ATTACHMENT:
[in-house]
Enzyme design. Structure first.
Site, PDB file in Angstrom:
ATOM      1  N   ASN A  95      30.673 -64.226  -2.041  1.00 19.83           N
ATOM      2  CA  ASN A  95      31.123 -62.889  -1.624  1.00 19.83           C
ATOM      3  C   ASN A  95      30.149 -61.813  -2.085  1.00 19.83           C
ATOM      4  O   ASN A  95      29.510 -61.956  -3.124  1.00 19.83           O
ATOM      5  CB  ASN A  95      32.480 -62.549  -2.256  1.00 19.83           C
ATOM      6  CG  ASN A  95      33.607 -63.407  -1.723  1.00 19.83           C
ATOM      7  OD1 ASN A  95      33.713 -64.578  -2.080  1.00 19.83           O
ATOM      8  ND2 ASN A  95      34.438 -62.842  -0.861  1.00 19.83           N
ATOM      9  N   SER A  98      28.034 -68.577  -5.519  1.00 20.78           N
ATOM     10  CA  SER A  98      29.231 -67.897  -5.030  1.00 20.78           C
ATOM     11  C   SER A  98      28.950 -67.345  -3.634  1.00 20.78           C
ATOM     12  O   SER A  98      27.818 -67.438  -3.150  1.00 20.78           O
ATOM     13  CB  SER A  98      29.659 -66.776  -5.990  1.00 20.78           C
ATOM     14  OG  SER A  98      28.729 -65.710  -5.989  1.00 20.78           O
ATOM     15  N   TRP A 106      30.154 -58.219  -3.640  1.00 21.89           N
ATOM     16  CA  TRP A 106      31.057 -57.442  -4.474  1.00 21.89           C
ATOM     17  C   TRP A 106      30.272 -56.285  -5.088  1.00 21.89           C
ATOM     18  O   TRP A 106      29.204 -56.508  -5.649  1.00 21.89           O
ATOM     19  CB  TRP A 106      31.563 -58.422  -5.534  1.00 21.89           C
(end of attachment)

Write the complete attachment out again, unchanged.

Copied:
[in-house]
Enzyme design. Structure first.
Site, PDB file in Angstrom:
ATOM      1  N   ASN A  95      30.673 -64.226  -2.041  1.00 19.83           N
ATOM      2  CA  ASN A  95      31.123 -62.889  -1.624  1.00 19.83           C
ATOM      3  C   ASN A  95      30.149 -61.813  -2.085  1.00 19.83           C
ATOM      4  O   ASN A  95      29.510 -61.956  -3.124  1.00 19.83           O
ATOM      5  CB  ASN A  95      32.480 -62.549  -2.256  1.00 19.83           C
ATOM      6  CG  ASN A  95      33.607 -63.407  -1.723  1.00 19.83           C
ATOM      7  OD1 ASN A  95      33.713 -64.578  -2.080  1.00 19.83           O
ATOM      8  ND2 ASN A  95      34.438 -62.842  -0.861  1.00 19.83           N
ATOM      9  N   SER A  98      28.034 -68.577  -5.519  1.00 20.78           N
ATOM     10  CA  SER A  98      29.231 -67.897  -5.030  1.00 20.78           C
ATOM     11  C   SER A  98      28.950 -67.345  -3.634  1.00 20.78           C
ATOM     12  O   SER A  98      27.818 -67.438  -3.150  1.00 20.78           O
ATOM     13  CB  SER A  98      29.659 -66.776  -5.990  1.00 20.78           C
ATOM     14  OG  SER A  98      28.729 -65.710  -5.989  1.00 20.78           O
ATOM     15  N   TRP A 106      30.154 -58.219  -3.640  1.00 21.89           N
ATOM     16  CA  TRP A 106      31.057 -57.442  -4.474  1.00 21.89           C
ATOM     17  C   TRP A 106      30.272 -56.285  -5.088  1.00 21.89           C
ATOM     18  O   TRP A 106      29.204 -56.508  -5.649  1.00 21.89           O
ATOM     19  CB  TRP A 106      31.563 -58.422  -5.534  1.00 21.89           C